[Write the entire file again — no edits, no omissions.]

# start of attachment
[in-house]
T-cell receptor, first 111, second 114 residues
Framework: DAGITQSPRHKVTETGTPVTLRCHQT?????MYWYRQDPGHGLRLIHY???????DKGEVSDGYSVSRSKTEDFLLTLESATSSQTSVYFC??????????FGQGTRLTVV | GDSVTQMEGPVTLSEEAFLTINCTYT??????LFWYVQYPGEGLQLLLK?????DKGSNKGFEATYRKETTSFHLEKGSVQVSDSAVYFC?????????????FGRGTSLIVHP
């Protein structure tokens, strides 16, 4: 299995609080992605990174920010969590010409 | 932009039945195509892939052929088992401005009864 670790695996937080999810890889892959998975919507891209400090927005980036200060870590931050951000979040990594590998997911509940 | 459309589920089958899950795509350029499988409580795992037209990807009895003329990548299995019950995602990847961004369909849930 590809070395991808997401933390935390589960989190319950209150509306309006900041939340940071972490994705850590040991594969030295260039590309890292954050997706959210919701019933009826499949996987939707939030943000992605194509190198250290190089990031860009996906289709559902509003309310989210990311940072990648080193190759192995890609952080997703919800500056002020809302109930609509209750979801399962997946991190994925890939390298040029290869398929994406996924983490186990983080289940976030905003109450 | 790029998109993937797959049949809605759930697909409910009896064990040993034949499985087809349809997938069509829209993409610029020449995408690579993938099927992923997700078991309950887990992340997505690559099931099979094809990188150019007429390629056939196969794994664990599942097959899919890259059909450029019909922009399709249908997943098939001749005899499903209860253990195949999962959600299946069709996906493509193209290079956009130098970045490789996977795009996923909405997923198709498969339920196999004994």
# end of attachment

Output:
[in-house]
T-cell receptor, first 111, second 114 residues
Framework: DAGITQSPRHKVTETGTPVTLRCHQT?????MYWYRQDPGHGLRLIHY???????DKGEVSDGYSVSRSKTEDFLLTLESATSSQTSVYFC??????????FGQGTRLTVV | GDSVTQMEGPVTLSEEAFLTINCTYT??????LFWYVQYPGEGLQLLLK?????DKGSNKGFEATYRKETTSFHLEKGSVQVSDSAVYFC?????????????FGRGTSLIVHP
């Protein structure tokens, strides 16, 4: 299995609080992605990174920010969590010409 | 932009039945195509892939052929088992401005009864 670790695996937080999810890889892959998975919507891209400090927005980036200060870590931050951000979040990594590998997911509940 | 459309589920089958899950795509350029499988409580795992037209990807009895003329990548299995019950995602990847961004369909849930 590809070395991808997401933390935390589960989190319950209150509306309006900041939340940071972490994705850590040991594969030295260039590309890292954050997706959210919701019933009826499949996987939707939030943000992605194509190198250290190089990031860009996906289709559902509003309310989210990311940072990648080193190759192995890609952080997703919800500056002020809302109930609509209750979801399962997946991190994925890939390298040029290869398929994406996924983490186990983080289940976030905003109450 | 790029998109993937797959049949809605759930697909409910009896064990040993034949499985087809349809997938069509829209993409610029020449995408690579993938099927992923997700078991309950887990992340997505690559099931099979094809990188150019007429390629056939196969794994664990599942097959899919890259059909450029019909922009399709249908997943098939001749005899499903209860253990195949999962959600299946069709996906493509193209290079956009130098970045490789996977795009996923909405997923198709498969339920196999004994």